The 49ers are not going to rush NaVorro Bowman back onto the field.
And with the third-round addition of inside linebacker Chris Borland of Wisconsin, they have another reason to allow Bowman to take his time in his rehabilitation from a knee injury and open the season on the physically unable to perform list for at least the first six weeks of the regular season.
“How can you not love him as a football player?” 49ers general manager Trent Baalke said of Borland. “Not tall enough. Not fast enough. Arms are too short. You hear all of that. We just love the makeup. We love the player. He’s everything you’re looking for from a DNA standpoint.
“He loves the game. He’s a smart player. He’s an extremely instinctive football player. He’s overcome that lack of arm length (29 1/4 inches). He’s overcome that lack of speed (4.83 seconds in the 40-yard dash) that’s being talked about. He’s just a baller.”
Borland (5 foot 11 1/2, 248 pounds) has quite an appreciation for the 49ers, too, after studying Bowman and Patrick Willis extensively during his time at Wisconsin.
“I’m very much an admirer of the way those guys play the game,” Borland said. “Bowman was at Penn State while I was at Wisconsin, so I obviously looked up to him as a young player in the (Big Ten) Conference. Then we’ve gotten a little bit of exposure to those guys and that defense when we had a switch to 3-4. We watched some of their film. We actually implemented a few things the Niners do on defense. So they’re two of the best in the league and I’m looking forward to learning from them.”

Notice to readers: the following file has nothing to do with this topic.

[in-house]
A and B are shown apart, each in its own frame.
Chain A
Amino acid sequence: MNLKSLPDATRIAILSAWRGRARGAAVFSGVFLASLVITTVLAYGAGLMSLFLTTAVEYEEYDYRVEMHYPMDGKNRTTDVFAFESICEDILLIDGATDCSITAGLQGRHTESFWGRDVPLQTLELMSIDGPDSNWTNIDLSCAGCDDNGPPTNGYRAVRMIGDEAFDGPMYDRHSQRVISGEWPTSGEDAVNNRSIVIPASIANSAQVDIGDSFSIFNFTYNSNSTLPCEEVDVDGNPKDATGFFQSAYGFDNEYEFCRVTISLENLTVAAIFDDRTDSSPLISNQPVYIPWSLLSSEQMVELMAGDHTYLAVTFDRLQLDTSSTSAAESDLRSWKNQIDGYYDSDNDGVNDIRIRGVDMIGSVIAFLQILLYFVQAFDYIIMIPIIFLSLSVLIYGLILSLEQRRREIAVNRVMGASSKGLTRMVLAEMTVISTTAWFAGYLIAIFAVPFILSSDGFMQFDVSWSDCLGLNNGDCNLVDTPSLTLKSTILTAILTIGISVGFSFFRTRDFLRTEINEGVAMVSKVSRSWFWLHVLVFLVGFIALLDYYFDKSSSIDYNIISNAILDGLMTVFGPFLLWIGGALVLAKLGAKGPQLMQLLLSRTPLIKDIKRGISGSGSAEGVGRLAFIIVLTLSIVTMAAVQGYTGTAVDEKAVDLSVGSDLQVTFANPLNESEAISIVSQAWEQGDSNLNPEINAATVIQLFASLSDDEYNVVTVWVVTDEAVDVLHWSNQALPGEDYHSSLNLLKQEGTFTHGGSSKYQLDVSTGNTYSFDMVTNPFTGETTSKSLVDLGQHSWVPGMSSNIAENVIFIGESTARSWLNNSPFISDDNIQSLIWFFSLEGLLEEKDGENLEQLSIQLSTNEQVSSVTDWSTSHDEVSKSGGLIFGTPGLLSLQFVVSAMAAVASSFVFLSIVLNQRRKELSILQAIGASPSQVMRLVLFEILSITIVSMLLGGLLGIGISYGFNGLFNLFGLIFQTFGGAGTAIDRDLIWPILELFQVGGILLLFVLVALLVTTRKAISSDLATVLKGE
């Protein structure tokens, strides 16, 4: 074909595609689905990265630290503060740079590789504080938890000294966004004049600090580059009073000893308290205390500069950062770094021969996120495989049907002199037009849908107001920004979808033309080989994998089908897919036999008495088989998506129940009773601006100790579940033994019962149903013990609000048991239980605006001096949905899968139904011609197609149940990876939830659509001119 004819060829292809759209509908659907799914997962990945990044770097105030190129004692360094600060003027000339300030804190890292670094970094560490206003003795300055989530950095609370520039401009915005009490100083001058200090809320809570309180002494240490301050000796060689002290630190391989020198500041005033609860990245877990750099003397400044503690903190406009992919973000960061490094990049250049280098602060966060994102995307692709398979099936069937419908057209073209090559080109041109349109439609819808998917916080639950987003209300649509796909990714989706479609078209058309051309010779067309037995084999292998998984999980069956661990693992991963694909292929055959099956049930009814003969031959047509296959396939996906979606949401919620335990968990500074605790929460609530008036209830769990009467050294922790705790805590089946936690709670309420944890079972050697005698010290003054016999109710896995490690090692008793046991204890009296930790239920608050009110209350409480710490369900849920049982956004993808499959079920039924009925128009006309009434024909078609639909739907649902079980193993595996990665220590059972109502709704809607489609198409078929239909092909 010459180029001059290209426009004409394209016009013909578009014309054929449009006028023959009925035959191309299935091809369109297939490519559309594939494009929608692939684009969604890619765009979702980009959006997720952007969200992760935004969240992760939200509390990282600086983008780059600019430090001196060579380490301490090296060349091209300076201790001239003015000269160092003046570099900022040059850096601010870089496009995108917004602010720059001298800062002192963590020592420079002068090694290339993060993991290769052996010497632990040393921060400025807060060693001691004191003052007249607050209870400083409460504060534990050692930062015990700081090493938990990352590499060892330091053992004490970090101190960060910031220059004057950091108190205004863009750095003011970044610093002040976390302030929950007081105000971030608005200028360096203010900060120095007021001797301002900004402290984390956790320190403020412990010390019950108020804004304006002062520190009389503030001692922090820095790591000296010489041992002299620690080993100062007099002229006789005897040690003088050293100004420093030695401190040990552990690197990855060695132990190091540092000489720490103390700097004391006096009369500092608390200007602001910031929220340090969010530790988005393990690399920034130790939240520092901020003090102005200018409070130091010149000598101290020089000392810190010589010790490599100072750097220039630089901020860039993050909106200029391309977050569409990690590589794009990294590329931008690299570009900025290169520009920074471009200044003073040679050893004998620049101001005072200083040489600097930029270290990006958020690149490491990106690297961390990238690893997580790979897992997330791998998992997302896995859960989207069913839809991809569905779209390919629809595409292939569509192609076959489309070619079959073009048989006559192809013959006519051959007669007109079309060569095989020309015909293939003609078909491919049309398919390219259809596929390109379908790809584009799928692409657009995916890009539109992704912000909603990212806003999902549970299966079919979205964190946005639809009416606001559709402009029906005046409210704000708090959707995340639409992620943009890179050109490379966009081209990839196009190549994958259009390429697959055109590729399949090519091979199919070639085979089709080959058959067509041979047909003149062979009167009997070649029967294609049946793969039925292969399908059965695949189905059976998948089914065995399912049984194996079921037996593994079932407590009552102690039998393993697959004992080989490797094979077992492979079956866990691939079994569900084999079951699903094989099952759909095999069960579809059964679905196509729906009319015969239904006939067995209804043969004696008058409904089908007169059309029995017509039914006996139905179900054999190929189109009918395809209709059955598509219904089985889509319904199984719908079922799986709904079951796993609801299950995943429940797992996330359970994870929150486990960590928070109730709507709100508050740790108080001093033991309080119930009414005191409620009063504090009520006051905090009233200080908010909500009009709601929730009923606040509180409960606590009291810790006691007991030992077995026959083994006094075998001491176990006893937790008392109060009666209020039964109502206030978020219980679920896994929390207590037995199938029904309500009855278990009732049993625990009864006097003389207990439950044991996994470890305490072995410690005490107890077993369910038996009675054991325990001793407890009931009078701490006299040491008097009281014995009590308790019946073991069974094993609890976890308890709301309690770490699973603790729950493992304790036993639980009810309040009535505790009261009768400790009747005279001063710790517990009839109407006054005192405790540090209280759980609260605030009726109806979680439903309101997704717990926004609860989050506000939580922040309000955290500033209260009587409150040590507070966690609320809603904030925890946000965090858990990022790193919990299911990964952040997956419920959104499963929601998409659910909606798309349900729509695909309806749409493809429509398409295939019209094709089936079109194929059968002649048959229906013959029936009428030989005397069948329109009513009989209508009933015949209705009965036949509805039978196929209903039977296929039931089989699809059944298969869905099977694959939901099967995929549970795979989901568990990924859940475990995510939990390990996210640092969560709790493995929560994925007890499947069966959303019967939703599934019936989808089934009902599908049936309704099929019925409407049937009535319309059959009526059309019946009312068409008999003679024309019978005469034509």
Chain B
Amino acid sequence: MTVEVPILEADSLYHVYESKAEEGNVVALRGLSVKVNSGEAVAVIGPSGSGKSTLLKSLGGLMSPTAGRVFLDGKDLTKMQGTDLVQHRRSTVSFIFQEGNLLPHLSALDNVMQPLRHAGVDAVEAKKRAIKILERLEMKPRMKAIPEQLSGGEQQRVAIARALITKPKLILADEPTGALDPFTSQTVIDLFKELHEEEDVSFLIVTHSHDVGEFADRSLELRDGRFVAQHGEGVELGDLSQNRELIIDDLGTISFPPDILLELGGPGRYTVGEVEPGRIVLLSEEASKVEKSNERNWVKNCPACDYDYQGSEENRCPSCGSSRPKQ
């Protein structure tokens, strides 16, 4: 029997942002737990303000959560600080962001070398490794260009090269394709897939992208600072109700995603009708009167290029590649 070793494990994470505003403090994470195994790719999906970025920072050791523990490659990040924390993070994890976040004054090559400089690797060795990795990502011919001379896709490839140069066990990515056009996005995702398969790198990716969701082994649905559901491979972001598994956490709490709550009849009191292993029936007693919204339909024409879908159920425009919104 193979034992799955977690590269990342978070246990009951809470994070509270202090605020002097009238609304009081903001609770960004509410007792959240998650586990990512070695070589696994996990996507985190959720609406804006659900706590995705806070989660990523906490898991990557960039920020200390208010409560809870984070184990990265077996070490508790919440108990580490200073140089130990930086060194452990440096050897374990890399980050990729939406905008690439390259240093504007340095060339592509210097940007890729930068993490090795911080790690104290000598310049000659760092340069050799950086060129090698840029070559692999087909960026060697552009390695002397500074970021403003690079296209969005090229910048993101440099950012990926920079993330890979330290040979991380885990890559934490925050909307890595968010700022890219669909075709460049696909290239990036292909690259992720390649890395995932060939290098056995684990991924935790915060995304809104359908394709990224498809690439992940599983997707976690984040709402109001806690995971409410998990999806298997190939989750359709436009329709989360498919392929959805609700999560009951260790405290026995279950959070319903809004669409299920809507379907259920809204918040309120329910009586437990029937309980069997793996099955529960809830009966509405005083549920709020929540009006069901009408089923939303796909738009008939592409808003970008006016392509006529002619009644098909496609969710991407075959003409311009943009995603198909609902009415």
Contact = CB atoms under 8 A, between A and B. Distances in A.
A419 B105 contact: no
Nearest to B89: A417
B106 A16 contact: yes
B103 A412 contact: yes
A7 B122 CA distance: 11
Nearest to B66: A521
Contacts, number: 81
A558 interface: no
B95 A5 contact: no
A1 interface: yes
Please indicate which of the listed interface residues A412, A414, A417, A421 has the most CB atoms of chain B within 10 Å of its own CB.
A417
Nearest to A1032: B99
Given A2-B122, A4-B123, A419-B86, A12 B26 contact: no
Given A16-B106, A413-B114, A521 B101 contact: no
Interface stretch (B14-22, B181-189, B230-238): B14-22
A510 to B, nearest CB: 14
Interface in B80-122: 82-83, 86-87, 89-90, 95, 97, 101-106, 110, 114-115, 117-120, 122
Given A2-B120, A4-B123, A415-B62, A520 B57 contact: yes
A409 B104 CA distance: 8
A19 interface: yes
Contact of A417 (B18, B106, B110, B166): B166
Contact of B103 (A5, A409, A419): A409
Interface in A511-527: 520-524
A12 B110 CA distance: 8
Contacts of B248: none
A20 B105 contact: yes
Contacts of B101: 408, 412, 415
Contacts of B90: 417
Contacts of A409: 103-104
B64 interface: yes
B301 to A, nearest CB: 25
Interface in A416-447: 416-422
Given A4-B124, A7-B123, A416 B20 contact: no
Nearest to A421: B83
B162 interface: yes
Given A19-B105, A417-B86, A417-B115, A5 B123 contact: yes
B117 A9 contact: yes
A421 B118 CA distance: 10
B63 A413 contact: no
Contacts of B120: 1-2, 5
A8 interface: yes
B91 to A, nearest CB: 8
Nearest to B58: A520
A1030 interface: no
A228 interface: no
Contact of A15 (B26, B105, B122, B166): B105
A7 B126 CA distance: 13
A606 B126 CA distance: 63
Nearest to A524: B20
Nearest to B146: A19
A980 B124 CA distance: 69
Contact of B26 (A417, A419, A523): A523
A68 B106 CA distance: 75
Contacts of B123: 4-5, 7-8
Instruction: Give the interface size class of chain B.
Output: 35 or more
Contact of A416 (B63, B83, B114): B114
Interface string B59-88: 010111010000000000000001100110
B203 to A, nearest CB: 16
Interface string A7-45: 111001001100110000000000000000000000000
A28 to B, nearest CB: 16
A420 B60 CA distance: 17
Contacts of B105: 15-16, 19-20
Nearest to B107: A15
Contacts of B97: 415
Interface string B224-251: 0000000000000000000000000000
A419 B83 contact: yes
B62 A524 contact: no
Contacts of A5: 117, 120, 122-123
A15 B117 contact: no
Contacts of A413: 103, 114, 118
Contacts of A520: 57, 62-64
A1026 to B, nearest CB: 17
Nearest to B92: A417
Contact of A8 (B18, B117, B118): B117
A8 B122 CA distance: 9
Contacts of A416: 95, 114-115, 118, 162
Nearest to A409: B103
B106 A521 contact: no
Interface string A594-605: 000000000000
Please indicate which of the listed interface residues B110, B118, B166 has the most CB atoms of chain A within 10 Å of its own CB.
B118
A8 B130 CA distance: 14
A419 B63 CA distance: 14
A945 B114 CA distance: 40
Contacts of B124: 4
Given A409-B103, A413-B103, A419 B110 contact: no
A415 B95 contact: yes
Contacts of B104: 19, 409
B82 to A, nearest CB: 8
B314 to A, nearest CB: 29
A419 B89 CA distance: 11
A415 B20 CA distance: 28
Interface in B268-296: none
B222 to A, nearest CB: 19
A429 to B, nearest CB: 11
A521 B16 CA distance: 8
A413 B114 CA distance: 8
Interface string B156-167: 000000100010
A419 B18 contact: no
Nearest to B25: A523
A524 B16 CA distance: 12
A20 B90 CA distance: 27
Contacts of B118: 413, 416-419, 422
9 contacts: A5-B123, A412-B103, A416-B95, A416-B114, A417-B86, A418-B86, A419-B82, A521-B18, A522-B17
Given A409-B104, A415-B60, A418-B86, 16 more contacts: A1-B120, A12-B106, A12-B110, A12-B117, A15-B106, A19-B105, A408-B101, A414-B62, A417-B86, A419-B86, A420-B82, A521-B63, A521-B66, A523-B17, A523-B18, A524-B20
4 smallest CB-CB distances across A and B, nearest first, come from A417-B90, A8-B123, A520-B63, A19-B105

Borland, who graduated in December, joined the 49ers’ offseason program this week and figures to compete with Michael Wilhoite, Nick Moody and Shayne Skov for the opportunity to fill in as a starter during Bowman's expected absence.
“Well, I expect Bowman to make a comeback,” Borland said. “He’s a great player and it’s just still way too early to look that far. I think San Francisco’s got a proven coaching staff and a bunch of proven players on defense. So I’m just going to find my role and play whatever that is.”
Coach Jim Harbaugh also sees plenty to like about the first-team All-America selection and Big Ten Defensive Player of the Year.
“You know he studies it because he’s already moving in directions that a person can only be moving that quickly because they had a tip, or they had a study, a film or something that the coaches had given them,” Harbaugh said. “And that really shows up in the tape. Fifteen forced fumbles, helmets knocked loose.
“He’s got a way. He’s got great hands. The way he tackles, 250 pounds. To me, my visual of it is like a bowling ball hitting pins. He’s got that kind of strike.”